This has been a very hard and sad letter to write – but it does seem the right thing. Rather than give further explanation or input, I’ll just leave it to speak for itself. It was sent to the church council over the weekend and is now going out to the All Souls church family. Read more
So, there’s been seriously long radio-silence from Q in recent weeks. But this is not the result of inactivity. Far from it. Regulars will be pleased to hear that my book is seriously under way – with 5 out of 10 chapters now completed in draft. Phew!! There’s going to be lots to blog on when it’s done – but I don’t have the energy or brain to do both at the same time! Nevertheless, I’ve been keeping up reading and stuff. Here are a few reviews of recent freebies I got on the Amazon Vine programme. There might be something of interest to someone… Read more
Again as part of our Uncover apologetics series, I looked at the issue of God and suffering on Sunday (my previous in the series was on the historicity of the gospels). For many, this really is the big one today. Belief in the divine seems palpably absurd in a suffering, chaotic, apparently uncontrollable world of forces, reactions and atoms. Read more
I came across this remarkable, inspiring story at the end of David Smith’s excellent The Kindness of God, a plea for a new missiology appropriate to these troubled times. It comes a professor friend of his who has ministered for many years in Jos, Plateau State in northern Nigeria. Jos sits on Africa’s great faultline between the Muslim north and Christian south – and thus has faced terrible things in recent years. Read more
It’s Friday, and so that would normally call for some Friday fun. Well, this post more or less qualifies as a bit of fun, but it’s also a bit of seriousness too. So I’ll let it stand on its own merits. Here is a very helpful and salutary public health warning from the great nineteenth century social reformer and polemicist William Cobbett. It has much to teach us. As I’m sure you’ll agree… Read more
Just back from doing the All Souls week away in Bath – my first major thing for work since I was off from 1st Jan. All seemed to go smoothly and happily, which was rather a relief for all concerned. The focus this year was the grace-freedom we have in Christ – which Paul expounds so superbly through Galatians Read more
This is one of my favourite short, and true, stories. It comes from the pen of the wondrous Douglas Adams, he of Hitchhiker’s Guide to the Galaxy fame. It needs little explanation or introduction. But it is the perfect illustration of all kinds of self-delusions and self-righteousness. Read more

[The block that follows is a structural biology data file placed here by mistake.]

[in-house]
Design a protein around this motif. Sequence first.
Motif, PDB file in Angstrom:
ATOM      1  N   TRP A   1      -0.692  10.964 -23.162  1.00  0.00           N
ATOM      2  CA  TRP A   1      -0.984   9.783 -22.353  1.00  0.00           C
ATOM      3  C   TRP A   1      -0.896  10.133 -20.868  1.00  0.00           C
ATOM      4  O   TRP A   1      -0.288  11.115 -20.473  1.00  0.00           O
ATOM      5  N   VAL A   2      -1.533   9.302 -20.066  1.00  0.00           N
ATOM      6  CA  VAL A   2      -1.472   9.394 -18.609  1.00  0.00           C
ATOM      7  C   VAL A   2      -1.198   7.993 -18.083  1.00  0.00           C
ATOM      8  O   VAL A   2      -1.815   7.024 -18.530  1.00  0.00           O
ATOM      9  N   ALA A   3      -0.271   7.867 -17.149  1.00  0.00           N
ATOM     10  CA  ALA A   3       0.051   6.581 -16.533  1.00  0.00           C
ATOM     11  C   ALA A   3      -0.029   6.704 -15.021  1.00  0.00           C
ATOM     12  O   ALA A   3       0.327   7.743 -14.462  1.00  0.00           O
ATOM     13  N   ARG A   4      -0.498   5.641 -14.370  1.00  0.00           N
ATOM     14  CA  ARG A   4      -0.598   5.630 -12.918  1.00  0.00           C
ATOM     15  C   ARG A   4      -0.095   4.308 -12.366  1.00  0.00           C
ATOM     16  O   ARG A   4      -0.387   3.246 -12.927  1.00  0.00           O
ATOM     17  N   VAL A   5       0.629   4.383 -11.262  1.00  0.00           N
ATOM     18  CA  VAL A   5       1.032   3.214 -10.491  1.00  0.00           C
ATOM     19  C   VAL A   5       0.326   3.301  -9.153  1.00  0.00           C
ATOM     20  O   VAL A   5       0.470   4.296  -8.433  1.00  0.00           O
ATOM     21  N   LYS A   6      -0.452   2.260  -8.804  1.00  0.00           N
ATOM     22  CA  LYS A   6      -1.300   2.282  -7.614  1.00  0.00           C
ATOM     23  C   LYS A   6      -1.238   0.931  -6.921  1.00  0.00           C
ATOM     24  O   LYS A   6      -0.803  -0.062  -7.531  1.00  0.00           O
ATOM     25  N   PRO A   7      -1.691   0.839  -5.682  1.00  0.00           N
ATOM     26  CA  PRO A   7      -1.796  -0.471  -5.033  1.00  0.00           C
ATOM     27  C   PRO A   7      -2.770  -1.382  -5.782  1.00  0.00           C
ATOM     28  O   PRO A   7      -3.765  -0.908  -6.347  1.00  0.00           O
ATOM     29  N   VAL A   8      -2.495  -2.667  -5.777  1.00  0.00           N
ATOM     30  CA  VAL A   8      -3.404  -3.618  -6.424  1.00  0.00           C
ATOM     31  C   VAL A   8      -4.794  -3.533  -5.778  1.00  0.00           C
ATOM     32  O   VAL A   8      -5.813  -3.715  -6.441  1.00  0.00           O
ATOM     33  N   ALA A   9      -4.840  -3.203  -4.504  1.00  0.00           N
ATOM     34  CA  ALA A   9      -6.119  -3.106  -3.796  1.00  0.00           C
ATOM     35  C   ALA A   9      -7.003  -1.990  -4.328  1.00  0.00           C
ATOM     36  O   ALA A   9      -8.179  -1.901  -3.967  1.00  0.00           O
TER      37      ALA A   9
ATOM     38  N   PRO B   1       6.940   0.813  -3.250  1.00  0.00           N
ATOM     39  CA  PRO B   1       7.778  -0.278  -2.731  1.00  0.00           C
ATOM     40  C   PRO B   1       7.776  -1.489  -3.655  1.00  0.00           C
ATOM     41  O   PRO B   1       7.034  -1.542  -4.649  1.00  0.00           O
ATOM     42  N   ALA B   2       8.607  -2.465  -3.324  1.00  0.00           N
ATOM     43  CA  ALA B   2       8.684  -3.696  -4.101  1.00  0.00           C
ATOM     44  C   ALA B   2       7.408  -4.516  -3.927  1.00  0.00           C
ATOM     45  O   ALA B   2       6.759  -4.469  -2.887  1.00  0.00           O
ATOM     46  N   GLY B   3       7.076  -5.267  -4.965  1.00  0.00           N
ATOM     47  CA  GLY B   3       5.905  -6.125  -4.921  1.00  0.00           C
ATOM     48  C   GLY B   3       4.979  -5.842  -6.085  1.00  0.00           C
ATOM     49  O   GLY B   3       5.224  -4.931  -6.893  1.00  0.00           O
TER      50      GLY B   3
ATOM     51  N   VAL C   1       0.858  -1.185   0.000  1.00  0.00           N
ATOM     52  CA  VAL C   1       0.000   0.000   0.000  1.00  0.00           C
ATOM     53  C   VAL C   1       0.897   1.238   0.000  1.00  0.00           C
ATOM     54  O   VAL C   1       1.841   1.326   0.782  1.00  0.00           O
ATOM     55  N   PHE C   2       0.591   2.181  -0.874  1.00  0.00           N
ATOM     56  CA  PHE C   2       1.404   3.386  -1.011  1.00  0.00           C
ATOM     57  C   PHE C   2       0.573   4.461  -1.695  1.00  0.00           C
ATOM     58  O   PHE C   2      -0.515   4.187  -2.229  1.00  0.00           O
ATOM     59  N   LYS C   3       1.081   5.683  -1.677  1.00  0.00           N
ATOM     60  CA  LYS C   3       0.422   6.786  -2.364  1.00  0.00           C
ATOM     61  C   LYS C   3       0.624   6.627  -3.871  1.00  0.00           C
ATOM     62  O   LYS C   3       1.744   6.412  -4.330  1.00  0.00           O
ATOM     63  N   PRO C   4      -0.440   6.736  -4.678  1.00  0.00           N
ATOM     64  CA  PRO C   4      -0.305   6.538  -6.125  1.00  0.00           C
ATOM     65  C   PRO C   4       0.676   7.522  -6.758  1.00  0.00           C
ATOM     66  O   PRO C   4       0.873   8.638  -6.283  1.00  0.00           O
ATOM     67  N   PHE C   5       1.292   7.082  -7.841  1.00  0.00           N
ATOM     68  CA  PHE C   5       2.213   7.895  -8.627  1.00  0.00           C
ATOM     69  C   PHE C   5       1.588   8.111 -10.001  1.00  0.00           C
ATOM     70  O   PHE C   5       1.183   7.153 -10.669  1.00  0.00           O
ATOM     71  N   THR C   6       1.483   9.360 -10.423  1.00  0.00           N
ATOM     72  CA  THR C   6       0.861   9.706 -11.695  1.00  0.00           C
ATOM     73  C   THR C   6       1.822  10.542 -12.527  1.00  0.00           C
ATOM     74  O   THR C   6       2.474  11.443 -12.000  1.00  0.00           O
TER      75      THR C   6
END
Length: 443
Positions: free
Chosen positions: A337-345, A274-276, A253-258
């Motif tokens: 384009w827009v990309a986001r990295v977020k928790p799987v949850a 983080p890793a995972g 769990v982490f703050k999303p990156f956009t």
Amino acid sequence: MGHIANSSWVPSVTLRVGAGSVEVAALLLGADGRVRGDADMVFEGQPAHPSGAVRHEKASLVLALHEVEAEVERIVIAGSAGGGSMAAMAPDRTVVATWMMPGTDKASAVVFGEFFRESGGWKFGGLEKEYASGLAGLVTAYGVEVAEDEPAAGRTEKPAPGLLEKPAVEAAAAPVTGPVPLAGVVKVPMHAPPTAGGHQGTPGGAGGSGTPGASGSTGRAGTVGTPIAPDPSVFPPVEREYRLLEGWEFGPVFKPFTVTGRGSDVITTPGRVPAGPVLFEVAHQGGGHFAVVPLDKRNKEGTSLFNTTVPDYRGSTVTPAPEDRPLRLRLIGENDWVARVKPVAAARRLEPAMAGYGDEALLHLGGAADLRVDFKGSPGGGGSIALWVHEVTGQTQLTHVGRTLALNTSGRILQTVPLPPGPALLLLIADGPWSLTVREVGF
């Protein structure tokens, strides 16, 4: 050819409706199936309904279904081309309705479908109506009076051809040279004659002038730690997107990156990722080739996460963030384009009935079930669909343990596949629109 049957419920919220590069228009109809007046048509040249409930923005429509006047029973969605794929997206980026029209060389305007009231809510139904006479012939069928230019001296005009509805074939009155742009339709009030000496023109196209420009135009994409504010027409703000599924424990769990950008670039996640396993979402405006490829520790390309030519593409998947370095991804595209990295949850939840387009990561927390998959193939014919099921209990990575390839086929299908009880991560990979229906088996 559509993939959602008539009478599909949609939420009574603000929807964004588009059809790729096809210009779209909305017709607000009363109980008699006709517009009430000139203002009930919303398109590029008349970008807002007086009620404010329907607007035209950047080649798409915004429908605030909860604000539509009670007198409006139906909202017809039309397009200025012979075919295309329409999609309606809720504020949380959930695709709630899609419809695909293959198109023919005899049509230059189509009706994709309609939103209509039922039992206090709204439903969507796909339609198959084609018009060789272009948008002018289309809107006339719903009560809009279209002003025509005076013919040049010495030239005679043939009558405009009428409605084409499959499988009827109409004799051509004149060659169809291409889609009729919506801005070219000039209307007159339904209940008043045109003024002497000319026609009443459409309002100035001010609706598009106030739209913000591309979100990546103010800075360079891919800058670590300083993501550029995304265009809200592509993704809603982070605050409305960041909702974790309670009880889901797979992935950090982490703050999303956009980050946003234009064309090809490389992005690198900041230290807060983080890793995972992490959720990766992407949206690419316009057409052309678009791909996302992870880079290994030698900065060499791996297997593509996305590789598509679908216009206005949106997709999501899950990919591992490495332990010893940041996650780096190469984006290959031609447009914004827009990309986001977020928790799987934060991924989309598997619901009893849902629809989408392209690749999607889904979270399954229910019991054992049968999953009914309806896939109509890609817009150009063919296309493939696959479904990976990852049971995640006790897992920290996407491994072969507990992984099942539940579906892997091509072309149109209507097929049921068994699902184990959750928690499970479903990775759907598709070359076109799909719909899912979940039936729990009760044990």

It seems that my prep school, where I boarded from aged 8-13 (yes I know, I’m still trying to catalogue the subsequent privileged hangups), is 150 years old next year. They appealed for memories from old boys to be included in the anniversary book. So feeling in a slightly frivolous and provocative mood that day, I wrote this. Thought some at least might enjoy it. Read more
Last summer, I wrote a series of posts on the highly pretentious sounding ‘dehumanising metrics of modernist ministry’. Don’t be put off (although in fairness, I have to say I was quietly pleased by the alliteration there) because the more I’ve thought about it, and the more I’ve chatted with folks, the more I think there are some crucial things to discuss. This is certainly not the perfect analysis nor last word. But I hope it will at least present something of what troubles me these days. Read more
I’m trying to understand power – what it means, how it’s wielded, how it affects us. Big topic. But I’m increasingly convinced that we can’t understand the culture of suspicion without grasping the power of power (and its abuses).
This has drawn me to someone who has been a bit of a hero, but whose writings I’d only dipped into. Reading Václav Havel‘s masterly and vital 1978 essay The Power of the Powerless has blown me away. Written in the dark days of Czechoslovak communism (only 10 years after the false dawn of the Prague Spring), it is a profound analysis of what it was like to live under a regime built entirely on lies. The only response, the only subversion of the regime, therefore, is to live in truth. Read more
While I was in the States at the end of last month, I had an afternoon to kill in Philadelphia. So the completely obvious thing to do was record another Q conversation. This time I sat down to chat with Ruth Naomi Floyd, whom I’d met at the European Leadership Conference in Hungary a few years ago. It’s available on iTunes podcasts, or if you prefer a direct feed, here on Jellycast.
I’ve got a problem. But it’s not the sort of problem that you’re going to have much sympathy for. In fact, it’s not the sort of problem that you’re allowed to have much sympathy for. Because my problem is that i’m far too privileged – for my own good or for anyone else’s good. Which is why, in this day and age, anything I say or claim will be subject to greater suspicion than what practically anyone else on the planet will say or claim. If you don’t believe me, check this succinct quote out from Gene Veith: Read more